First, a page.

Displaying articles for: 10-07-2012 - 10-13-2012
While working on my company-owned laptop and lunching at Panera Bread, I thought to myself, if I took a quick step away from my seat to refill a glass of water, might a stranger view my computer screen? Or worse, steal my laptop, which houses confidential company data? Since I frequent this particular restaurant and had no reason to believe either would happen, I didn’t make the effort to take my laptop with me while I fetched the H2O. Thankfully, I didn’t lose my laptop, but I’ll never know if someone peered at my screen.
Such a situation shouldn’t be taken lightly, and I thought a recent article by John Leyden offered some timely insight. John describes the potential danger of onlookers in public places viewing your computer screen and capturing information without your noticing. He re-publishes survey results from a “poll conducted by ComRes, for Secure, the European Association for Visual Data Security.”
John further shares, “ComRes discovered that 71 percent of employees have been able to see or read what someone is working on over their shoulder. Despite being aware of the potential problems that could arise from shoulder surfing, more than half… of the 2,000 workers quizzed said they do not take precautions to protect sensitive or private info from potential snoops – even when they work in high risk environments such as trains, planes or coffee shops.”
Astonished by some of the reported visual data security breaches referred to in this Secure white paper, I’ll be making some changes to avoid becoming a victim. I will insert a screen filter that blocks anyone from viewing my computer screen without being directly in front of the monitor, and I will use a screen saver that times out after a short period. Anti-malware and/or data encryption tools installed and activated on my laptop don’t prevent others from physically peering at computer screens.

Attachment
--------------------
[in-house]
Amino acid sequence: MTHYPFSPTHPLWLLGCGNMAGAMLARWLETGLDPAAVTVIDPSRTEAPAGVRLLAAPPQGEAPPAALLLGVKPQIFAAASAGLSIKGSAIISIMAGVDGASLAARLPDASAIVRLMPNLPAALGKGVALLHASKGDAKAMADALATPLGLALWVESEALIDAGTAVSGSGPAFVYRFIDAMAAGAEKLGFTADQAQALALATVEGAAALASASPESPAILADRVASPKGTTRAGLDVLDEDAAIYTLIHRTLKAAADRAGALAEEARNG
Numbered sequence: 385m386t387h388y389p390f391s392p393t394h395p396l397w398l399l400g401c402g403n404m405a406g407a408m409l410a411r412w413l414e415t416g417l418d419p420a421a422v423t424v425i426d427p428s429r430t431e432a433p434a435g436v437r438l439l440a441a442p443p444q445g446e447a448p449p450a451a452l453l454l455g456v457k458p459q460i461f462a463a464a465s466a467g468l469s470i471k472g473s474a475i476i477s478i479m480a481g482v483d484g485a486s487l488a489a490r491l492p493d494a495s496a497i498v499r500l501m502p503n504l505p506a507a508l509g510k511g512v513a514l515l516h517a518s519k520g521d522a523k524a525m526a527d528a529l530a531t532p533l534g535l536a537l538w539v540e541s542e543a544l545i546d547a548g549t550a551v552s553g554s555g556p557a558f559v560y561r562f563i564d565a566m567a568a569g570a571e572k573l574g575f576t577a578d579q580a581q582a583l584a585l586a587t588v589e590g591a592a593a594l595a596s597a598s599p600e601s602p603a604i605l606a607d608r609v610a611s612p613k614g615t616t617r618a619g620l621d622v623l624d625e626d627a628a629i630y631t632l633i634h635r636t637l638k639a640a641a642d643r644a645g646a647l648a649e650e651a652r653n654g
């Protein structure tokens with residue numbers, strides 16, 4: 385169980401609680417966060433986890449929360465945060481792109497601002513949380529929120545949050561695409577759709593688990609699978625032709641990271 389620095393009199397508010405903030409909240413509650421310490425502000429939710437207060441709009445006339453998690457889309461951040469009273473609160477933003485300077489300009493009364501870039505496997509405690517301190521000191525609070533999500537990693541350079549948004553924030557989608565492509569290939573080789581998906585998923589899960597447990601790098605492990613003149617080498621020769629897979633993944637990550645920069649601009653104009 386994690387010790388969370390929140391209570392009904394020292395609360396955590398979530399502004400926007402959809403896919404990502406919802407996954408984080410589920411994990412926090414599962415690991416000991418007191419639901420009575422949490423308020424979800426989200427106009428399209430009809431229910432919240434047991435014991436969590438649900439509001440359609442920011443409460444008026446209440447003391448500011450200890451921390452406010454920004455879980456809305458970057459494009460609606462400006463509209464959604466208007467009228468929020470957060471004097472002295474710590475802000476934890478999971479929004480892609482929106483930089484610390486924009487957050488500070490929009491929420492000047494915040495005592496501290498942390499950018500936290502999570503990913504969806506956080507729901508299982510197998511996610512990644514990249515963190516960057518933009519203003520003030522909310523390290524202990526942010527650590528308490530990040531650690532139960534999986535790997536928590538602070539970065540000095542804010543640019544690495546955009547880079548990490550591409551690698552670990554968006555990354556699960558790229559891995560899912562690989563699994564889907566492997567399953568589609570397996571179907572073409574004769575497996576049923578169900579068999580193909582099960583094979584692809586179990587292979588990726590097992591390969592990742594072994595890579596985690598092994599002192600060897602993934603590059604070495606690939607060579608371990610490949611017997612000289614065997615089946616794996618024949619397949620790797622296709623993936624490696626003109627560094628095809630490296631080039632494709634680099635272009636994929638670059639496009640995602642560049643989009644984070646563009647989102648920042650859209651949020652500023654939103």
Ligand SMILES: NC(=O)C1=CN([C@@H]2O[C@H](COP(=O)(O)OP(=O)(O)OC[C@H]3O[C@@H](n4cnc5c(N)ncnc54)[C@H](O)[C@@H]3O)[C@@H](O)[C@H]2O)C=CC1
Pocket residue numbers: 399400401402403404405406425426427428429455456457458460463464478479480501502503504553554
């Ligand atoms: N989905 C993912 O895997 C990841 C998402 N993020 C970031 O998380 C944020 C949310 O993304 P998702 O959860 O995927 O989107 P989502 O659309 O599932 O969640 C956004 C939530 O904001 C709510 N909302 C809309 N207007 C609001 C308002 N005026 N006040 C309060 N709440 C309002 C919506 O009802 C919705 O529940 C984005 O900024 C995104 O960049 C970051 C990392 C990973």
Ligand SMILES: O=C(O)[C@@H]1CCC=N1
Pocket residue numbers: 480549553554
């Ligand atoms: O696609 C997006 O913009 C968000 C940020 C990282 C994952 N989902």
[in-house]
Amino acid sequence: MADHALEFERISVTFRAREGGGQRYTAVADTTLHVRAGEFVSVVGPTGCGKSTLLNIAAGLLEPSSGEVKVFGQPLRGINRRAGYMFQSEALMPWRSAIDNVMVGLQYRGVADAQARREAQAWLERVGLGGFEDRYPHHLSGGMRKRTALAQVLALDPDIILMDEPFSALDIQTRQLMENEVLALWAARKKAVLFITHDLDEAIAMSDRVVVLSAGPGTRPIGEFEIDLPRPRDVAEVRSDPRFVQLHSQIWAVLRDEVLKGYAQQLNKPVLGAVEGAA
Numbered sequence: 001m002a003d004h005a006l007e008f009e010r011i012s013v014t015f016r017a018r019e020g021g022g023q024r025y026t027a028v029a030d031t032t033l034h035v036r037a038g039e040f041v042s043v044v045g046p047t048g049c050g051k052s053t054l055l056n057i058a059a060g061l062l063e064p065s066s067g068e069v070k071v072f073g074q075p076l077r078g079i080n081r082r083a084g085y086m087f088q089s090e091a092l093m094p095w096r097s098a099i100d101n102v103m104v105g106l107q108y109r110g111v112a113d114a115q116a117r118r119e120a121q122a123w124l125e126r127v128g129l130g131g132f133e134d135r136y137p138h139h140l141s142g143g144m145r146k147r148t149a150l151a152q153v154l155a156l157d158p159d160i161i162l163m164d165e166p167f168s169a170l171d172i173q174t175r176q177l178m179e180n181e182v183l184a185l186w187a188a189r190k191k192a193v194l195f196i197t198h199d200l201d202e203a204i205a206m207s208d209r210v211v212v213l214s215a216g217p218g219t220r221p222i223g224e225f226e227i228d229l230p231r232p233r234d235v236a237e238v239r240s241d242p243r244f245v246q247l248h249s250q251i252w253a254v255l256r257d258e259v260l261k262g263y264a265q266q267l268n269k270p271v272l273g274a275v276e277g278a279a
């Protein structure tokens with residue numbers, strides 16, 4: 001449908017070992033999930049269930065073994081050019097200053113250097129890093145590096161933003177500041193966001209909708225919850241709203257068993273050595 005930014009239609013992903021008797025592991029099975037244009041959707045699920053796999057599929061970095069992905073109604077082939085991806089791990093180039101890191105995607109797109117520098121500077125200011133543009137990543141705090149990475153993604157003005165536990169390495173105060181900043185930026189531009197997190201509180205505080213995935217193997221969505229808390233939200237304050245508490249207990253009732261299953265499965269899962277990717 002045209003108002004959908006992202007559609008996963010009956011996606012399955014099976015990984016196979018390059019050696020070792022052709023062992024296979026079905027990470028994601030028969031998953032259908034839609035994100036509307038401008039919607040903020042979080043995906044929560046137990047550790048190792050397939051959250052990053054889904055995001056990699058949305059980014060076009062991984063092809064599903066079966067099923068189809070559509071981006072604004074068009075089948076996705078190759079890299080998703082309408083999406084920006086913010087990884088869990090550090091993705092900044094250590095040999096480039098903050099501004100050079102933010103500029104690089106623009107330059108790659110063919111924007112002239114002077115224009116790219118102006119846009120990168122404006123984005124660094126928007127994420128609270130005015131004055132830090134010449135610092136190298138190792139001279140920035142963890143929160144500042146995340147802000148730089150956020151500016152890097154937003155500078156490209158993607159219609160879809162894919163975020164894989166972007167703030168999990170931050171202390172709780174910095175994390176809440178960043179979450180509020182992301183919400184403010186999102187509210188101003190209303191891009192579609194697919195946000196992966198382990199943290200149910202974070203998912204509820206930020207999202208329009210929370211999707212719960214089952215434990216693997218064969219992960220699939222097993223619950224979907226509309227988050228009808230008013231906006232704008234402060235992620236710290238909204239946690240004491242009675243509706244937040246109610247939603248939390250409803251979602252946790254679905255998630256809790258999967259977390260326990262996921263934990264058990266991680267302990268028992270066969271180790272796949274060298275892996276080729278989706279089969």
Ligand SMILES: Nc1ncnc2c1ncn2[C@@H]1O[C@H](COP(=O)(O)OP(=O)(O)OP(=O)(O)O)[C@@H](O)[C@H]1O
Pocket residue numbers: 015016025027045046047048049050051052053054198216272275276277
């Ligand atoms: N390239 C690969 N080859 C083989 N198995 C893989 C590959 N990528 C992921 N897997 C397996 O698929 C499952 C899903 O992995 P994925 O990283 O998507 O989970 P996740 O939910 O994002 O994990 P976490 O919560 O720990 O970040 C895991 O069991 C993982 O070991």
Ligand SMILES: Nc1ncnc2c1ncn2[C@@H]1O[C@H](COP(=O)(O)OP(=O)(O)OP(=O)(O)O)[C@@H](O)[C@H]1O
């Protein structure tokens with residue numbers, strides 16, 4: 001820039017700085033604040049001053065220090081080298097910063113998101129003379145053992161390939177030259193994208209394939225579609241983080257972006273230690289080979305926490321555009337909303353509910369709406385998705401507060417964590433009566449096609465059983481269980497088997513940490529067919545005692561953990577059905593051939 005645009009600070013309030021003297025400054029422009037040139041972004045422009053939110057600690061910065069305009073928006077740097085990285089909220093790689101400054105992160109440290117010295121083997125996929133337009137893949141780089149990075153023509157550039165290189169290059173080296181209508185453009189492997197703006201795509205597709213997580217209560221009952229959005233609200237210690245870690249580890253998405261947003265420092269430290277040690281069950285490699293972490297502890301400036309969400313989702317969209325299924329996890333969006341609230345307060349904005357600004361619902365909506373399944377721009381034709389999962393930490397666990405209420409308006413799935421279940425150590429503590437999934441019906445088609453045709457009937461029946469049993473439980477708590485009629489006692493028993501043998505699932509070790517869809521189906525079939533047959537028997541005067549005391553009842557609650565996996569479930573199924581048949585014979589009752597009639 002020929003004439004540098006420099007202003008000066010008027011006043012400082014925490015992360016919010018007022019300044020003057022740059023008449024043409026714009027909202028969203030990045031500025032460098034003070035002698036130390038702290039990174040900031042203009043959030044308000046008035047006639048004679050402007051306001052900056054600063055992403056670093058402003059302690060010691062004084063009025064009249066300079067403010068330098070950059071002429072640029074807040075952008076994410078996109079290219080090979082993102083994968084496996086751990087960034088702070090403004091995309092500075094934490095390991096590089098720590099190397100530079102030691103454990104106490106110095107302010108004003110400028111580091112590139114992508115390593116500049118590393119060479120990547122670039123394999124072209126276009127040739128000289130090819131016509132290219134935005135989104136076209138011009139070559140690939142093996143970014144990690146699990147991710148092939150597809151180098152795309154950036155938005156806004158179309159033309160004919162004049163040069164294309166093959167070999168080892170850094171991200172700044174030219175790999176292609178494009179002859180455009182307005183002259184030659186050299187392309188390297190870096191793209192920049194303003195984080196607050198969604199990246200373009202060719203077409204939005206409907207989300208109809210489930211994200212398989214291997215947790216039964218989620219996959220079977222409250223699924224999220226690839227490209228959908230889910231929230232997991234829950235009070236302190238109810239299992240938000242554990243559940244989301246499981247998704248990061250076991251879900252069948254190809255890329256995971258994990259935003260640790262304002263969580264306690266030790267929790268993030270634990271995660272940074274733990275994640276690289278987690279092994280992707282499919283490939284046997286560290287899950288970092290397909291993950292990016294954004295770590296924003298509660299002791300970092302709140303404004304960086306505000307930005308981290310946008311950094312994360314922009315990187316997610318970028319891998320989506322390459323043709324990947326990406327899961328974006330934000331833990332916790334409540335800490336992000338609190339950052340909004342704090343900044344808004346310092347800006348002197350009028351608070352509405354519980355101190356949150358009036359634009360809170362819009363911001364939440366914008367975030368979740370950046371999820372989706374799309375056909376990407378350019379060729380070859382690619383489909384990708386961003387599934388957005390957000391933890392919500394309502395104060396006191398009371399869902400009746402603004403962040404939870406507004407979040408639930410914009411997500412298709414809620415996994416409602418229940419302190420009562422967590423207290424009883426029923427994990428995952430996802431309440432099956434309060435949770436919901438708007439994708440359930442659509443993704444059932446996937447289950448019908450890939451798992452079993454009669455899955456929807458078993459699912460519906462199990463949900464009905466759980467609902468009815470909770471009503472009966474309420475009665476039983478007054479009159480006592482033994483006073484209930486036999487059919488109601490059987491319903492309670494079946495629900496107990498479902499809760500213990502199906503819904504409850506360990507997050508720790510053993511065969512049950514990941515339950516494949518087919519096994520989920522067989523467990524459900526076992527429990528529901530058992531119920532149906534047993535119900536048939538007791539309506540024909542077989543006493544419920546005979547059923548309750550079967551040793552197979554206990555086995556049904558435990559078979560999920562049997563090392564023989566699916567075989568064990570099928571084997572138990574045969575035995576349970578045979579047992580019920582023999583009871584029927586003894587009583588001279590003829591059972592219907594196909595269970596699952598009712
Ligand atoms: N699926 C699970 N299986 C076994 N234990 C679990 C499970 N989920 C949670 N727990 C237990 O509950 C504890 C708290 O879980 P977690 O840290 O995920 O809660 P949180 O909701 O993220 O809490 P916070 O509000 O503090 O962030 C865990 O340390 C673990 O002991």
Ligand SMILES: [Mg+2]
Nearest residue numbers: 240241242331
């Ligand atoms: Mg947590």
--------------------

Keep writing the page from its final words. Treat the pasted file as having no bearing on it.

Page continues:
The convenience of working from anywhere shouldn’t be taken for granted. Moreover, it is every employee’s responsibility to maintain confidentiality of company data. So if you haven’t taken preventative steps, don’t wait. Else, it may be too late.Read more...
Back in April of 2012, Juniper Security Research team did some analysis over several dozen exploit packs – commercial crimeware kits sold on the hacker black market – to see which software components were mostly targeted in the wild. Narrowing it down to the last two years, the biggest buckets we saw were Adobe Flash, Adobe PDF, Microsoft Internet Explorer, and Java being the largest of the four, making about one third of the entire set. Since then, it didn’t get any better. Let's see what is so unique about Java that makes it a juicy target for attackers.Read more...
Discussing a wide range of topics impacting enterprises and data center security.